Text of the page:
Elena Choc Quib, a unilingual Q’eqchi’ speaker from a remote village in rural Guatemala, never imagined travelling outside her country, let alone boarding a plane to Toronto. But everything changed when she and 10 other women were gang raped during a violent eviction more than a decade ago, allegedly on behalf of a formerly Canadian-owned nickel mine.
In early 2007, hundreds of military, police, and private security personnel stormed Choc Quib’s community, Lote Ocho, and raped the women while the men in the subsistence farming community tended their fields. State and private forces had attempted to force the Indigenous peasants from their land days earlier, burning several homes.
Paralyzed by shame, the women did not initially report the rapes. Now, they are spearheading a landmark case in Ontario court against Toronto-based mining giant Hudbay Minerals that’s sending shockwaves through Canada’s entire mining industry.
Seated in the cozy den of a Toronto home during her trip to be cross-examined by Hudbay’s lawyers, Choc Quib explained that seeking justice for her rape means confronting a trauma that haunts the mother of 12 and grandmother to this day.
She spoke her Mayan language, Q’eqchi’, and Angelica Choc — a plaintiff in another case against Hudbay over the murder of her husband, Adolfo Ich — translated to Spanish. Faint clapping sounds drifted in from the kitchen, where Choc Quib’s fellow plaintiffs, Carmelina Caal Ical and Amalia Cac Tiul, made tortillas.
“Seeking the respect the company should have for us in our territories is just,” Choc Quib said.
“But the details of what happened — I can’t talk about that. Because remembering all that destroys me.”
She spoke calmly. But after she fell silent for Choc to translate, she wiped a tear before pressing her bright blue cardigan firmly into her eyes, covering her face.
According to the civil lawsuit, Choc Quib and 10 other survivors were physically assaulted and raped on Jan. 17, 2007 by several police, military and uniformed private security guards working with the Fenix nickel mine, then owned by Vancouver-based Skye Resources and operated by its subsidiary, Compañía Guatemalteca de Níquel. Hudbay Minerals acquired Skye Resources and its main asset, the Fenix Nickel Project, in 2008. It later sold the Fenix mine to Cyprus-based Solway Investment Group in 2011.
Powerless take on the powerful
Shivering in the 6 C weather with her traditional Mayan skirt sharply contrasting with the austere highrises, Choc Quib’s half-toothless smile brightened her face before she headed into the TD Tower in the heart of Toronto's financial district to be questioned by Hudbay’s lawyers on Nov. 8, 2017.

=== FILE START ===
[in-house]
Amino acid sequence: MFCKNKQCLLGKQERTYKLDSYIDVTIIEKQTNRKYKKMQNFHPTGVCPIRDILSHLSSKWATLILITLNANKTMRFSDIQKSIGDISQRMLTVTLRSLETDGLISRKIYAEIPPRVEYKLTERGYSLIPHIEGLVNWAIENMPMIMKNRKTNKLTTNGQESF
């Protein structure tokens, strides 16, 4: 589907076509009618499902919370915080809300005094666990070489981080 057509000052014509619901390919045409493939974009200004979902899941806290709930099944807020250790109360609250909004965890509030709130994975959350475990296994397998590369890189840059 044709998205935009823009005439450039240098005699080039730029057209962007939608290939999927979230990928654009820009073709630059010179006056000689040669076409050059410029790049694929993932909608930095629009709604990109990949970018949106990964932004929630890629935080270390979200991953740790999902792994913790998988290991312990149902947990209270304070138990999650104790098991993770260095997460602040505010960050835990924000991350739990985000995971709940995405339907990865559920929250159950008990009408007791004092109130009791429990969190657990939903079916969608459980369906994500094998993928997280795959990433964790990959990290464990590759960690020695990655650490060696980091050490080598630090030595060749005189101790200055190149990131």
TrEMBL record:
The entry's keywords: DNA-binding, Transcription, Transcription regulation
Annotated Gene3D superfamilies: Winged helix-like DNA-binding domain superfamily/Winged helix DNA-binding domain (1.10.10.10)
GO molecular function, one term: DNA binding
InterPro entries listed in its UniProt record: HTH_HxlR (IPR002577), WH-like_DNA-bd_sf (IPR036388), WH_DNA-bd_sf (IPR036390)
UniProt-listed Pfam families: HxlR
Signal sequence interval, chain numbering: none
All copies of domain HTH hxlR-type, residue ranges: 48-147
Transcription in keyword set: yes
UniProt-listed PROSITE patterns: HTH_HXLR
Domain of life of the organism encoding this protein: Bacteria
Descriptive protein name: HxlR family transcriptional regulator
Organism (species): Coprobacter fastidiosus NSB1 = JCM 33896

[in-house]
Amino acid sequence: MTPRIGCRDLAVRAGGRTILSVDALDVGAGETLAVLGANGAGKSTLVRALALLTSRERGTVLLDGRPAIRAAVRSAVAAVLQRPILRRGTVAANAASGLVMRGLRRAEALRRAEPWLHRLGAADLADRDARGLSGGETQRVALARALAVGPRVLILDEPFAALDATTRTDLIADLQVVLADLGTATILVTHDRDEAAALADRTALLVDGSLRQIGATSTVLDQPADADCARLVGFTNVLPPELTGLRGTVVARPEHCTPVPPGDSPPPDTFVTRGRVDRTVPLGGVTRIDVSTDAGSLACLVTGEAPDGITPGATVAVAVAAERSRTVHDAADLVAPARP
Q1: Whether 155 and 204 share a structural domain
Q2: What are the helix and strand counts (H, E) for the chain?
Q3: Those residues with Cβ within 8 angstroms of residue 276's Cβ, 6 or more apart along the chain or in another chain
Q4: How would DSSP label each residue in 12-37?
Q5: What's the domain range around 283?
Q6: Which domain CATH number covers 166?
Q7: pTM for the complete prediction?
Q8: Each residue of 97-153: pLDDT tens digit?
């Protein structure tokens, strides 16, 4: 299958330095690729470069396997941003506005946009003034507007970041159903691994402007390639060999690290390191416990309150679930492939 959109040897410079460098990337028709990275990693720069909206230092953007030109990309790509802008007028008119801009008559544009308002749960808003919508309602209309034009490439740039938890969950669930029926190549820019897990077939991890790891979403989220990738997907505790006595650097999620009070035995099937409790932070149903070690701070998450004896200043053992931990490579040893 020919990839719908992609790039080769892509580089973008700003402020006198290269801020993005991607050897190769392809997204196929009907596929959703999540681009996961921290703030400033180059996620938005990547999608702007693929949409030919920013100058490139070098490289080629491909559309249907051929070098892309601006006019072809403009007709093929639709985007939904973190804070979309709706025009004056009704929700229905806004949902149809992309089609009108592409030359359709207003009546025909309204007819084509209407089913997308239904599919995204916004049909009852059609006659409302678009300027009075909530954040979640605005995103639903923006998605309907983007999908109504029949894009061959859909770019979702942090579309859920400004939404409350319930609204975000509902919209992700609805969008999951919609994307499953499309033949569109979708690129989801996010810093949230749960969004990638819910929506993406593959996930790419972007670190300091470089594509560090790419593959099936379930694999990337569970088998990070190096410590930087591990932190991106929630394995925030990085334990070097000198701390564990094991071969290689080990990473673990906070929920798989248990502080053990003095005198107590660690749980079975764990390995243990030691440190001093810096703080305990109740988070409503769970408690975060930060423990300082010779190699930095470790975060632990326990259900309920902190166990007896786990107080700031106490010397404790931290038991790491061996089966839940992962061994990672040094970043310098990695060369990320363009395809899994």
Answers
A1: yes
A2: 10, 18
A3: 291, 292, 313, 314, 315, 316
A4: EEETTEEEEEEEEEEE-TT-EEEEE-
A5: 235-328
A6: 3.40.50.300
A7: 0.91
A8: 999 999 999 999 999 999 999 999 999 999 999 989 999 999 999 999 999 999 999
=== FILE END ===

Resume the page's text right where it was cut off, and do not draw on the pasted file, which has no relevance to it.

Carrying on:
When she later recounted the experience of facing the attorneys, she was moved to tears —as she is every time she digs up the memory of her rape. But she stressed that her quest is one of truth telling and that she draws courage from exposing the injustices she suffered.
“This company never respected us or our rights as Indigenous peoples in our community,” she said, avoiding the details. “The search for justice hurts because what was inflicted on me will never leave me.”
The lawsuit, filed in 2011, argues that the women suffered serious physical and psychological harm due to Sky Resources’ negligence, a liability that Hudbay acquired along with the Fenix mine, located in El Estor on the banks of Izabal Lake.
Hudbay argues the allegations are “untrue.” Asked if the company had knowledge of the controversy around the mine at the time of the acquisition, corporate communications director Scott Brubacher said by email, “Hudbay was aware there was some opposition to the Fenix mine, though the majority of the local communities were supportive.”
In 2006, the UN International Labour Organization found that the licence for mining exploration had been granted to Skye Resources in 2004 without adequate community consultation. The original concession to Skye Resources’ predecessor, the Canadian company INCO, was born in civil war–era dealings.
Wrangling and delays
Between the 11 plaintiffs, the suit claims a total of about $68 million in damages. An Ontario court gave the case the green light in 2013. According to Cory Wanless, a lawyer at Klippensteins law firm representing the plaintiffs, the case likely is still a few years away from going to trial.
Rights Action, the human rights organization accompanying the plaintiffs, has accused Hudbay of deliberately delaying the trial with procedural wrangling. Hudbay rejected the claim.